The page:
Every year, starting around November, Bill O’Reily, with the inevitability of an unloved season, starts going on and on about the secular “War on Christmas,” and Pat Robertson joined the fun this year by stating, and I’m paraphrasing, that atheists want everyone else to be miserable, so they want to steal the joy and holidays away from others.
Uh, sorry fellas, but you’re exceptionally way off the mark. For starters, you are failing to recognize the current state of Christmas and the holiday season at large in this country. There are two types of Christmas, for those of us who celebrate it:
- There is the religious Christmas, which is not celebrated by everyone who embraces Christmas. It is for people who go to Church to commemorate the birth of their Lord and Savior, and who believe in His strength.
- Then there is the secular Christmas, which everyone who celebrates it know, is familiar with, and loves. It is the gathering of ourselves unto family and friends, celebrating another year gone, joyfully exchanging presents, having some good food and hopefully better conversation, and maybe watching some basketball or football… together, of course. It is the exchanging of text messages to our close friends, and all of us look forward to the coming year, hoping it will be better than the one we are about to see end.
The first one is about faith, which if you believe is cool. The second one is about family, and the two of them are not necessarily intertwined. You don’t need to be practicing and devout Christian, or even be a Christian at all, to enthusiastically and genuinely proclaim “Merry Christmas!” to anyone who can hear you.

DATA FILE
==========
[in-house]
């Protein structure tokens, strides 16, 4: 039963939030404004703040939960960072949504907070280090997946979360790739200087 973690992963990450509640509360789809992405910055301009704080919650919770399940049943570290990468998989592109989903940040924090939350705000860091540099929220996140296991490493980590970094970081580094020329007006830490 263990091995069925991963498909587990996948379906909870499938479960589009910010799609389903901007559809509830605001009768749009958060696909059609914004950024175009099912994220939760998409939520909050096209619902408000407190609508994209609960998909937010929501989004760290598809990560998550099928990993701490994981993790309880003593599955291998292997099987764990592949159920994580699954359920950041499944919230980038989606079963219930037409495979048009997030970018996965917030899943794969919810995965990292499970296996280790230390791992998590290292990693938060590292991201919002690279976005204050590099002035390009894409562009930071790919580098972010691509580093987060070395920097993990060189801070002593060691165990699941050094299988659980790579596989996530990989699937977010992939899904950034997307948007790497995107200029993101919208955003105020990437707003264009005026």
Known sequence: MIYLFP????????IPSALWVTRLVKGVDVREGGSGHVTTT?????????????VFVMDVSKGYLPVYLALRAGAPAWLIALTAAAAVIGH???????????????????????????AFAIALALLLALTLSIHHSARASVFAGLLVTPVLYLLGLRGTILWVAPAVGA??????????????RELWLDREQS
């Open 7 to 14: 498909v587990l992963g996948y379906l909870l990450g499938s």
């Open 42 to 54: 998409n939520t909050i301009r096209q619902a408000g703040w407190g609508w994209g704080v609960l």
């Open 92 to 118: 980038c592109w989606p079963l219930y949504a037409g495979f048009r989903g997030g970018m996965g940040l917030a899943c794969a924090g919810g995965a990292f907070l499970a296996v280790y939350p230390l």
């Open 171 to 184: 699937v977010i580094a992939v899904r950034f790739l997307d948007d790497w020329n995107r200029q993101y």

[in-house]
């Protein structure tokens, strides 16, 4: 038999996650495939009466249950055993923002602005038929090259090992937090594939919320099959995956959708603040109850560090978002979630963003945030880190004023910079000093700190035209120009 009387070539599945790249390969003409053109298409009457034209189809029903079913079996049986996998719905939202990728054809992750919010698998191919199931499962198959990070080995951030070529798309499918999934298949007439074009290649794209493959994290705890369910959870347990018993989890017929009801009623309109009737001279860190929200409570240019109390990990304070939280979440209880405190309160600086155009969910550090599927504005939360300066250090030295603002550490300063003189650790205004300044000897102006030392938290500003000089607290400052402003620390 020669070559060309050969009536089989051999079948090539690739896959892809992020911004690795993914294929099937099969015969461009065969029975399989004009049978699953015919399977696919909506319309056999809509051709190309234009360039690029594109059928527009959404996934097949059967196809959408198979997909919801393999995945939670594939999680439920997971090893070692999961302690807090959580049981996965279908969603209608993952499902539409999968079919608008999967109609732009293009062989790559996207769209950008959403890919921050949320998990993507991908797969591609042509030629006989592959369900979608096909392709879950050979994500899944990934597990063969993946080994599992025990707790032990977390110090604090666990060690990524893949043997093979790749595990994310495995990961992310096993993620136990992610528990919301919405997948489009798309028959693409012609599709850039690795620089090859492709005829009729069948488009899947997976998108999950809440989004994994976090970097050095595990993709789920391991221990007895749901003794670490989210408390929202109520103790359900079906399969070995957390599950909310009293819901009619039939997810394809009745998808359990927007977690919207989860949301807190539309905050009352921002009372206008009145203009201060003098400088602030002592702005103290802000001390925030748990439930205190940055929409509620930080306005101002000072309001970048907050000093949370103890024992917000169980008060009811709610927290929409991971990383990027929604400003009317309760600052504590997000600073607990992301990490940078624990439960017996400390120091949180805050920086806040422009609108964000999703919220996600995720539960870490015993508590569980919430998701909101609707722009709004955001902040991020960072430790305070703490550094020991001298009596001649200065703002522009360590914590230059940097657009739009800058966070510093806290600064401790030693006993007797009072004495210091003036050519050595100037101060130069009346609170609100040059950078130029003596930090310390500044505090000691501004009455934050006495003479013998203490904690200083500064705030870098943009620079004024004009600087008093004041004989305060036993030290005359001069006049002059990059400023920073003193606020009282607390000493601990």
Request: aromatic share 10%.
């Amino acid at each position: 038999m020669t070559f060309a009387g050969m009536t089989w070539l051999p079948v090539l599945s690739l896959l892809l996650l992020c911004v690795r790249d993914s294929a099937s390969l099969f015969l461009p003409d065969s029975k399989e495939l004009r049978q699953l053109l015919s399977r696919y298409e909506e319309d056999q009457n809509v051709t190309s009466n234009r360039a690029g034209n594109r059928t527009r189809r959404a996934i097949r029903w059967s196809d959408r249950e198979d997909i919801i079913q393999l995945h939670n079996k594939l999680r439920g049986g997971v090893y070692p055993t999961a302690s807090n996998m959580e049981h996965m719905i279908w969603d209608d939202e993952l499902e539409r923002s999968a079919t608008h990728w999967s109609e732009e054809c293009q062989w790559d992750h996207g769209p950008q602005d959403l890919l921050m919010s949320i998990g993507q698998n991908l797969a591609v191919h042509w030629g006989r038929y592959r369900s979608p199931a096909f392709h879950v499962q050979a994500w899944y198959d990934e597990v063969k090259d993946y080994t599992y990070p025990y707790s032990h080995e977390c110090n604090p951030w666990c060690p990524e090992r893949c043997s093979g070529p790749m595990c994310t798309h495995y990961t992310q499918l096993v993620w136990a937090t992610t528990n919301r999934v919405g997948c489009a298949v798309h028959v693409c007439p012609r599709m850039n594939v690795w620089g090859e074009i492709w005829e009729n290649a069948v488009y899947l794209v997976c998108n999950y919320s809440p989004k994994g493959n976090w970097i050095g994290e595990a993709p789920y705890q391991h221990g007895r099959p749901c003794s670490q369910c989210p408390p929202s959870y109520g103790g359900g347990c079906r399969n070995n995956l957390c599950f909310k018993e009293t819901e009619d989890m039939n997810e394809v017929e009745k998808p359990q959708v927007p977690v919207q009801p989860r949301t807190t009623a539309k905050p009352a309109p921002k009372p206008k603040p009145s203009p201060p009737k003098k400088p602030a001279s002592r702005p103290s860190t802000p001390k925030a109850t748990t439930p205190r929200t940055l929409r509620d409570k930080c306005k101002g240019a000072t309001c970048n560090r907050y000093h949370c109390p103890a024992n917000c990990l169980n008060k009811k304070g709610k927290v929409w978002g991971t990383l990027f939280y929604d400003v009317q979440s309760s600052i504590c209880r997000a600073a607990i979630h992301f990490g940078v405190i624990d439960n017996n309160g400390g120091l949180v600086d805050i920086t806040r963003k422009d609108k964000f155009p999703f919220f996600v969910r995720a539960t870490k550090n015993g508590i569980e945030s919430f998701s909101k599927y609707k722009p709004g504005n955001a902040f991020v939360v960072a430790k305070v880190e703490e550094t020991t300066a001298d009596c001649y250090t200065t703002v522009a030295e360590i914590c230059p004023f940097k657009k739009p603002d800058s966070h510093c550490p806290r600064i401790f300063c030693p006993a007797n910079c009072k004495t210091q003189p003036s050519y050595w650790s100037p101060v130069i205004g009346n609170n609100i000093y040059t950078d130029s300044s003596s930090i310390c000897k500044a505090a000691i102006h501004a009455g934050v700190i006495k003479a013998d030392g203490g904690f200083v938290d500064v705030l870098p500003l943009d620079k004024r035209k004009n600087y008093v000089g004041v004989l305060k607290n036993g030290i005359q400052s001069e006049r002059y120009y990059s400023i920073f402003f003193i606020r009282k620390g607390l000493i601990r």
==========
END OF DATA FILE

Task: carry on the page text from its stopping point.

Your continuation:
The battle over nativity scenes and other stuff ultimately falls into the hard politics discussion, and while I oppose it, I don’t like to rant and tear on about it. The fact of the matter is that I was not opposed to seeing Christmas songs of a religious nature when I attended a public high school, since not all the songs were of a religious nature, not all of them were about Christmas either, and we only sang songs that were well written and could be well performed. A lot of them were not only secular in tone, but designed to be hilarious and funny at the same time.
I think it’s hypocritical of conservative commentators to criticize business owners for encouraging employees to say “Happy Holidays” in lieu of “Merry Christmas,” since these same conservative commentators argue for free enterprise, which in turn means that ownership should do whatever they feel is best to maximize profits, which given the increasing religious diversity in this country, means saying “Happy Holidays.” It is not a war of political correctness; it is an economic war with the competition, which is waged through many means, one of which is the choice of language.
Penn Jillette, of Penn and Teller fame, wrote an op-ed piece for CNN, in which he states that, unlike the wars in the Middle East, the War on Terror, and the War on Drugs, the so-called War on Christmas is misnamed, because ultimately no one’s life is at risk, and no one dies because of it; and he’s right. It is a bad name, and I would add that it’s not a fight worth waging since, quite frankly, I don’t think a lot of people give a crap about it.
They want to spend time with family, exchange presents, like my family is planning on doing this Christmas, and have a nice time. They may choose to celebrate the religious Christmas, or they may not; they may not celebrate Christmas at all, and if you don’t, that’s awesome, since you choose to celebrate the holidays with your family in your own particular fashion. For the rest of us, we celebrate the secular Christmas, in which we spend time with family, gain a few pounds, watch a lame Christmas parade, some basketball, a football game, and ultimately take a moment to relish the fact we don’t have to go into work that way.
That, Mr. O’Reilly and Mr. Robertson, is Christmas in America today, and I can tell you that the only war on it is the war you try to create every year.